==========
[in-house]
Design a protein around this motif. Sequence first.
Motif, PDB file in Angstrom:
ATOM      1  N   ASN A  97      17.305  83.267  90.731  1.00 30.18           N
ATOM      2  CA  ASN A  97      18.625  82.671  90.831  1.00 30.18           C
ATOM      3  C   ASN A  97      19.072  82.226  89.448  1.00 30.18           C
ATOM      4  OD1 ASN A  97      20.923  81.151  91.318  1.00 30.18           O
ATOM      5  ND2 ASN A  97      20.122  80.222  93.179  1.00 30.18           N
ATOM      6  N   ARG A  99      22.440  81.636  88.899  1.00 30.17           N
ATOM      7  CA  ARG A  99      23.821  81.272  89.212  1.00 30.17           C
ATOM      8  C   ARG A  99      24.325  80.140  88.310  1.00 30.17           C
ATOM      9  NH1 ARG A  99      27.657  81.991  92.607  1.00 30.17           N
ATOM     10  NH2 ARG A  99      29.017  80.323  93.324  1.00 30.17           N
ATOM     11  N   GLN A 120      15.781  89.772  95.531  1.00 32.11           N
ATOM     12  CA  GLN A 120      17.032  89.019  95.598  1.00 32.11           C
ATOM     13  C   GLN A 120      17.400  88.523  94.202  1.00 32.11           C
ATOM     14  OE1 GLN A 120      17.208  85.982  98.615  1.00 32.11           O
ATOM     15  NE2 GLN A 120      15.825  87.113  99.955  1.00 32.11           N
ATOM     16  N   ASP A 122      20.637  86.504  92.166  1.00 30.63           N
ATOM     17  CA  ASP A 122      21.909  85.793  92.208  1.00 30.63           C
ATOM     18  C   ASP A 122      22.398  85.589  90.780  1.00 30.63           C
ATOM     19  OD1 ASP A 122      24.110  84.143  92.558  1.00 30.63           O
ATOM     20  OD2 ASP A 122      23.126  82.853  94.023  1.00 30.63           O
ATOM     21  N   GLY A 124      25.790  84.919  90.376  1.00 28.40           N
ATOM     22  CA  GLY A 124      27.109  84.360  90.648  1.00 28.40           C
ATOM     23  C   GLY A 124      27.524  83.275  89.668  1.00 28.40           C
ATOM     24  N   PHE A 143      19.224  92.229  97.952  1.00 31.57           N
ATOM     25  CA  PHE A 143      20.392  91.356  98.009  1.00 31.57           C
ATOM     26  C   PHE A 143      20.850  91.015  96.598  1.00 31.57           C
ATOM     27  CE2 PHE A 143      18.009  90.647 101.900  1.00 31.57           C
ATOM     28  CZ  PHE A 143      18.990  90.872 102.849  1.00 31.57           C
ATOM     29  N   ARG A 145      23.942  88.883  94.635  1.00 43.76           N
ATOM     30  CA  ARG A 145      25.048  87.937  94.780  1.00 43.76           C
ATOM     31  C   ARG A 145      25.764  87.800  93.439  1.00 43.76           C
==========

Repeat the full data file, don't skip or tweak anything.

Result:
[in-house]
Design a protein around this motif. Sequence first.
Motif, PDB file in Angstrom:
ATOM      1  N   ASN A  97      17.305  83.267  90.731  1.00 30.18           N
ATOM      2  CA  ASN A  97      18.625  82.671  90.831  1.00 30.18           C
ATOM      3  C   ASN A  97      19.072  82.226  89.448  1.00 30.18           C
ATOM      4  OD1 ASN A  97      20.923  81.151  91.318  1.00 30.18           O
ATOM      5  ND2 ASN A  97      20.122  80.222  93.179  1.00 30.18           N
ATOM      6  N   ARG A  99      22.440  81.636  88.899  1.00 30.17           N
ATOM      7  CA  ARG A  99      23.821  81.272  89.212  1.00 30.17           C
ATOM      8  C   ARG A  99      24.325  80.140  88.310  1.00 30.17           C
ATOM      9  NH1 ARG A  99      27.657  81.991  92.607  1.00 30.17           N
ATOM     10  NH2 ARG A  99      29.017  80.323  93.324  1.00 30.17           N
ATOM     11  N   GLN A 120      15.781  89.772  95.531  1.00 32.11           N
ATOM     12  CA  GLN A 120      17.032  89.019  95.598  1.00 32.11           C
ATOM     13  C   GLN A 120      17.400  88.523  94.202  1.00 32.11           C
ATOM     14  OE1 GLN A 120      17.208  85.982  98.615  1.00 32.11           O
ATOM     15  NE2 GLN A 120      15.825  87.113  99.955  1.00 32.11           N
ATOM     16  N   ASP A 122      20.637  86.504  92.166  1.00 30.63           N
ATOM     17  CA  ASP A 122      21.909  85.793  92.208  1.00 30.63           C
ATOM     18  C   ASP A 122      22.398  85.589  90.780  1.00 30.63           C
ATOM     19  OD1 ASP A 122      24.110  84.143  92.558  1.00 30.63           O
ATOM     20  OD2 ASP A 122      23.126  82.853  94.023  1.00 30.63           O
ATOM     21  N   GLY A 124      25.790  84.919  90.376  1.00 28.40           N
ATOM     22  CA  GLY A 124      27.109  84.360  90.648  1.00 28.40           C
ATOM     23  C   GLY A 124      27.524  83.275  89.668  1.00 28.40           C
ATOM     24  N   PHE A 143      19.224  92.229  97.952  1.00 31.57           N
ATOM     25  CA  PHE A 143      20.392  91.356  98.009  1.00 31.57           C
ATOM     26  C   PHE A 143      20.850  91.015  96.598  1.00 31.57           C
ATOM     27  CE2 PHE A 143      18.009  90.647 101.900  1.00 31.57           C
ATOM     28  CZ  PHE A 143      18.990  90.872 102.849  1.00 31.57           C
ATOM     29  N   ARG A 145      23.942  88.883  94.635  1.00 43.76           N
ATOM     30  CA  ARG A 145      25.048  87.937  94.780  1.00 43.76           C
ATOM     31  C   ARG A 145      25.764  87.800  93.439  1.00 43.76           C